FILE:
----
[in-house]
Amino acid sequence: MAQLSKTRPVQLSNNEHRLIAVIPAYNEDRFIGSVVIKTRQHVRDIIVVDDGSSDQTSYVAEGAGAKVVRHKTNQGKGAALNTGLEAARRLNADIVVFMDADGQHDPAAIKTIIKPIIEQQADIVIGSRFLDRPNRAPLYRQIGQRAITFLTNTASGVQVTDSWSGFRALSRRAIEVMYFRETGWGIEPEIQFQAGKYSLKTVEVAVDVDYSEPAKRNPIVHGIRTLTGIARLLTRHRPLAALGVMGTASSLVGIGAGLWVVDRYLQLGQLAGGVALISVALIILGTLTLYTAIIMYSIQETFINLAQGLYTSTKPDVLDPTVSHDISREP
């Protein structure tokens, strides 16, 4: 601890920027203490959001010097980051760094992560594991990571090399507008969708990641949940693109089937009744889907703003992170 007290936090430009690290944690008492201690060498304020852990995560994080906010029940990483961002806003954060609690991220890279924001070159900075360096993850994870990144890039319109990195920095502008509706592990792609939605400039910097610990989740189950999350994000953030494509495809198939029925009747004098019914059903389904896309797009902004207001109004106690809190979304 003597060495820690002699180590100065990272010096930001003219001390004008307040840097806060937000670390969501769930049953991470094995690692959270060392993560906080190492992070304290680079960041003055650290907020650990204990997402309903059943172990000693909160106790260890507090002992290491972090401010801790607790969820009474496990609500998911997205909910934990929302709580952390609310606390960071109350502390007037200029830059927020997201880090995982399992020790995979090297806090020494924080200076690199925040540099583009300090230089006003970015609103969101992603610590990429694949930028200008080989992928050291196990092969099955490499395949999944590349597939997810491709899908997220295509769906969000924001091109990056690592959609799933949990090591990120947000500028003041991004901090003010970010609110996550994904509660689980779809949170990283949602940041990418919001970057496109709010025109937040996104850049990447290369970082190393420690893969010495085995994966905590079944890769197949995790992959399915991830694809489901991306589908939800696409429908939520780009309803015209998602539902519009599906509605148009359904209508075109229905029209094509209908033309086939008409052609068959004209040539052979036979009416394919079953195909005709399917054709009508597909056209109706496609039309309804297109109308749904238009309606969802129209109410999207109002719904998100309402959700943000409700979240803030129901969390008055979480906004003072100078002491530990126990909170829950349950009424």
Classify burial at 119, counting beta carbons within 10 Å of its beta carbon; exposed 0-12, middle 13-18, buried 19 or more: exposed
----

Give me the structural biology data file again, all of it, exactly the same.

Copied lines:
[in-house]
Amino acid sequence: MAQLSKTRPVQLSNNEHRLIAVIPAYNEDRFIGSVVIKTRQHVRDIIVVDDGSSDQTSYVAEGAGAKVVRHKTNQGKGAALNTGLEAARRLNADIVVFMDADGQHDPAAIKTIIKPIIEQQADIVIGSRFLDRPNRAPLYRQIGQRAITFLTNTASGVQVTDSWSGFRALSRRAIEVMYFRETGWGIEPEIQFQAGKYSLKTVEVAVDVDYSEPAKRNPIVHGIRTLTGIARLLTRHRPLAALGVMGTASSLVGIGAGLWVVDRYLQLGQLAGGVALISVALIILGTLTLYTAIIMYSIQETFINLAQGLYTSTKPDVLDPTVSHDISREP
């Protein structure tokens, strides 16, 4: 601890920027203490959001010097980051760094992560594991990571090399507008969708990641949940693109089937009744889907703003992170 007290936090430009690290944690008492201690060498304020852990995560994080906010029940990483961002806003954060609690991220890279924001070159900075360096993850994870990144890039319109990195920095502008509706592990792609939605400039910097610990989740189950999350994000953030494509495809198939029925009747004098019914059903389904896309797009902004207001109004106690809190979304 003597060495820690002699180590100065990272010096930001003219001390004008307040840097806060937000670390969501769930049953991470094995690692959270060392993560906080190492992070304290680079960041003055650290907020650990204990997402309903059943172990000693909160106790260890507090002992290491972090401010801790607790969820009474496990609500998911997205909910934990929302709580952390609310606390960071109350502390007037200029830059927020997201880090995982399992020790995979090297806090020494924080200076690199925040540099583009300090230089006003970015609103969101992603610590990429694949930028200008080989992928050291196990092969099955490499395949999944590349597939997810491709899908997220295509769906969000924001091109990056690592959609799933949990090591990120947000500028003041991004901090003010970010609110996550994904509660689980779809949170990283949602940041990418919001970057496109709010025109937040996104850049990447290369970082190393420690893969010495085995994966905590079944890769197949995790992959399915991830694809489901991306589908939800696409429908939520780009309803015209998602539902519009599906509605148009359904209508075109229905029209094509209908033309086939008409052609068959004209040539052979036979009416394919079953195909005709399917054709009508597909056209109706496609039309309804297109109308749904238009309606969802129209109410999207109002719904998100309402959700943000409700979240803030129901969390008055979480906004003072100078002491530990126990909170829950349950009424």
Classify burial at 119, counting beta carbons within 10 Å of its beta carbon; exposed 0-12, middle 13-18, buried 19 or more: exposed